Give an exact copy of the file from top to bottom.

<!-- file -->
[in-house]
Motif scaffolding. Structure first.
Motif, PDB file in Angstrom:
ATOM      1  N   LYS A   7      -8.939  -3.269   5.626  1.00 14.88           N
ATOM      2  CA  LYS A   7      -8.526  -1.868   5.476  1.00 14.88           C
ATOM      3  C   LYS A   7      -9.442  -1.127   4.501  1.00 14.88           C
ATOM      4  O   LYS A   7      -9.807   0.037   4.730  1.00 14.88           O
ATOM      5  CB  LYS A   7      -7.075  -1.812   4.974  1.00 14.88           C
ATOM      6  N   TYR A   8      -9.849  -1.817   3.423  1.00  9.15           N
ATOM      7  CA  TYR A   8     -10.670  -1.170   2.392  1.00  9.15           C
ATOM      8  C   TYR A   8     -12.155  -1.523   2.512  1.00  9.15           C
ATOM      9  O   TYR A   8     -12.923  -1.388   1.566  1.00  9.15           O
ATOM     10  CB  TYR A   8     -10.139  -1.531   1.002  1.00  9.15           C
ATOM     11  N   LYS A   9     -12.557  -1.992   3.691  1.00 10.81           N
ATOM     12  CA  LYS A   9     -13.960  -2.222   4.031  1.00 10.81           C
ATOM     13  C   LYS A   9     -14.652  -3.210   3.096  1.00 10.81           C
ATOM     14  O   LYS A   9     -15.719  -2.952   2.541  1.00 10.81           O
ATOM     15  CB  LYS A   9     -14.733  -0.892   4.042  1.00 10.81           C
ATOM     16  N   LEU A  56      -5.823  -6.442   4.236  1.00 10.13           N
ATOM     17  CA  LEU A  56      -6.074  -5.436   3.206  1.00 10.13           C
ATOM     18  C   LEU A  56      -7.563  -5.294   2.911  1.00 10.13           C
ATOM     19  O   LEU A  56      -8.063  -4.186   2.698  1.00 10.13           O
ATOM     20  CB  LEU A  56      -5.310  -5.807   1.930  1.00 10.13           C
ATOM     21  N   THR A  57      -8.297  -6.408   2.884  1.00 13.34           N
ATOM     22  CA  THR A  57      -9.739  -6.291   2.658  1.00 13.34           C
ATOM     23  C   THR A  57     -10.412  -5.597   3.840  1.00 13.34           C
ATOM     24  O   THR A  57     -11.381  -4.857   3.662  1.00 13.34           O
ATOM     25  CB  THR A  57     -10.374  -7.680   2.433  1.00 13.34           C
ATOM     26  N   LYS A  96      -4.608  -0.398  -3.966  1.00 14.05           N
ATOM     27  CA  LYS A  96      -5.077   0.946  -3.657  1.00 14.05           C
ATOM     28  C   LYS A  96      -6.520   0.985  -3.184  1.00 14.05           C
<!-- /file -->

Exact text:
[in-house]
Motif scaffolding. Structure first.
Motif, PDB file in Angstrom:
ATOM      1  N   LYS A   7      -8.939  -3.269   5.626  1.00 14.88           N
ATOM      2  CA  LYS A   7      -8.526  -1.868   5.476  1.00 14.88           C
ATOM      3  C   LYS A   7      -9.442  -1.127   4.501  1.00 14.88           C
ATOM      4  O   LYS A   7      -9.807   0.037   4.730  1.00 14.88           O
ATOM      5  CB  LYS A   7      -7.075  -1.812   4.974  1.00 14.88           C
ATOM      6  N   TYR A   8      -9.849  -1.817   3.423  1.00  9.15           N
ATOM      7  CA  TYR A   8     -10.670  -1.170   2.392  1.00  9.15           C
ATOM      8  C   TYR A   8     -12.155  -1.523   2.512  1.00  9.15           C
ATOM      9  O   TYR A   8     -12.923  -1.388   1.566  1.00  9.15           O
ATOM     10  CB  TYR A   8     -10.139  -1.531   1.002  1.00  9.15           C
ATOM     11  N   LYS A   9     -12.557  -1.992   3.691  1.00 10.81           N
ATOM     12  CA  LYS A   9     -13.960  -2.222   4.031  1.00 10.81           C
ATOM     13  C   LYS A   9     -14.652  -3.210   3.096  1.00 10.81           C
ATOM     14  O   LYS A   9     -15.719  -2.952   2.541  1.00 10.81           O
ATOM     15  CB  LYS A   9     -14.733  -0.892   4.042  1.00 10.81           C
ATOM     16  N   LEU A  56      -5.823  -6.442   4.236  1.00 10.13           N
ATOM     17  CA  LEU A  56      -6.074  -5.436   3.206  1.00 10.13           C
ATOM     18  C   LEU A  56      -7.563  -5.294   2.911  1.00 10.13           C
ATOM     19  O   LEU A  56      -8.063  -4.186   2.698  1.00 10.13           O
ATOM     20  CB  LEU A  56      -5.310  -5.807   1.930  1.00 10.13           C
ATOM     21  N   THR A  57      -8.297  -6.408   2.884  1.00 13.34           N
ATOM     22  CA  THR A  57      -9.739  -6.291   2.658  1.00 13.34           C
ATOM     23  C   THR A  57     -10.412  -5.597   3.840  1.00 13.34           C
ATOM     24  O   THR A  57     -11.381  -4.857   3.662  1.00 13.34           O
ATOM     25  CB  THR A  57     -10.374  -7.680   2.433  1.00 13.34           C
ATOM     26  N   LYS A  96      -4.608  -0.398  -3.966  1.00 14.05           N
ATOM     27  CA  LYS A  96      -5.077   0.946  -3.657  1.00 14.05           C
ATOM     28  C   LYS A  96      -6.520   0.985  -3.184  1.00 14.05           C